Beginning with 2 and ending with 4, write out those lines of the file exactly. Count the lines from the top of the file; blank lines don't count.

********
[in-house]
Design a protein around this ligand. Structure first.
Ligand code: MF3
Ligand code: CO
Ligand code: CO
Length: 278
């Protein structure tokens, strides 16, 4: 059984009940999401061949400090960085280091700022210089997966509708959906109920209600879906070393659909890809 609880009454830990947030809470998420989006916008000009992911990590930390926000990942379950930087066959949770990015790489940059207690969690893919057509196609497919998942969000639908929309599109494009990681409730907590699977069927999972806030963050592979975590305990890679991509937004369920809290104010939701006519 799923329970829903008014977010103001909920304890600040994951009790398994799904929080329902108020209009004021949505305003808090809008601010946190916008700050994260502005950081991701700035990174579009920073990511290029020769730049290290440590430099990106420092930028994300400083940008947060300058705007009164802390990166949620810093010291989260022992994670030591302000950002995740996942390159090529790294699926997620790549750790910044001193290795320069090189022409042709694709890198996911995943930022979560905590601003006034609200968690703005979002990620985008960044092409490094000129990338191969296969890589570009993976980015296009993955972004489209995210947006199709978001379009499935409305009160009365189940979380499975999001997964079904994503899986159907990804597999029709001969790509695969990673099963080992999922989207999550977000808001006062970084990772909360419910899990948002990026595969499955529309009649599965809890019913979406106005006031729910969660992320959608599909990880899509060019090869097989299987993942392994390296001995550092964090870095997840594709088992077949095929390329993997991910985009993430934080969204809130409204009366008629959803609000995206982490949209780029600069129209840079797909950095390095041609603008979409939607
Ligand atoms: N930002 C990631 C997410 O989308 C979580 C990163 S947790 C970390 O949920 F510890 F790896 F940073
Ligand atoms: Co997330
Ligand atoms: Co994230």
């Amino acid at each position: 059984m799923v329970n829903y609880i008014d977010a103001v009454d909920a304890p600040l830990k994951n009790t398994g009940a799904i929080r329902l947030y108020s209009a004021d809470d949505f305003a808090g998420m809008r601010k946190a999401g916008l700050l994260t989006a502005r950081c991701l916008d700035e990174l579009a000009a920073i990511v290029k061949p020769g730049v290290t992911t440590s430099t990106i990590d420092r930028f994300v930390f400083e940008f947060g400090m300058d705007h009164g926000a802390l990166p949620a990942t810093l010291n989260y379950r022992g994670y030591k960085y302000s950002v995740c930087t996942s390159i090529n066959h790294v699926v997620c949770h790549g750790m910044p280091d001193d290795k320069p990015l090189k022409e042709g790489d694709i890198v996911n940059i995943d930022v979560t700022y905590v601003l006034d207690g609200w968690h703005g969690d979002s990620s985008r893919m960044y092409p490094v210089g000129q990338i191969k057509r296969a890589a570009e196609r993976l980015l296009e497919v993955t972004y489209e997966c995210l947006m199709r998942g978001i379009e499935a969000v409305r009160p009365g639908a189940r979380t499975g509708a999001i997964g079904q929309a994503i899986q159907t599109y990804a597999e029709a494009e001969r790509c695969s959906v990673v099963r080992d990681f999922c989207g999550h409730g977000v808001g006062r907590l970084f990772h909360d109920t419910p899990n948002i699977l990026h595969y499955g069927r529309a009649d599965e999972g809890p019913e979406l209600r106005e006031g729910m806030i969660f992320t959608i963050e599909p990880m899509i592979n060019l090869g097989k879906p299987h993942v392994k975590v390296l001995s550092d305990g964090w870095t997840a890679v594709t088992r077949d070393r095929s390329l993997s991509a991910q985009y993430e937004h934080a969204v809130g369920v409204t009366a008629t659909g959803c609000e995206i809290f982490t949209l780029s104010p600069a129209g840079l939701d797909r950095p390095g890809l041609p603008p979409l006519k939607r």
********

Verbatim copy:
Design a protein around this ligand. Structure first.
Ligand code: MF3
Ligand code: CO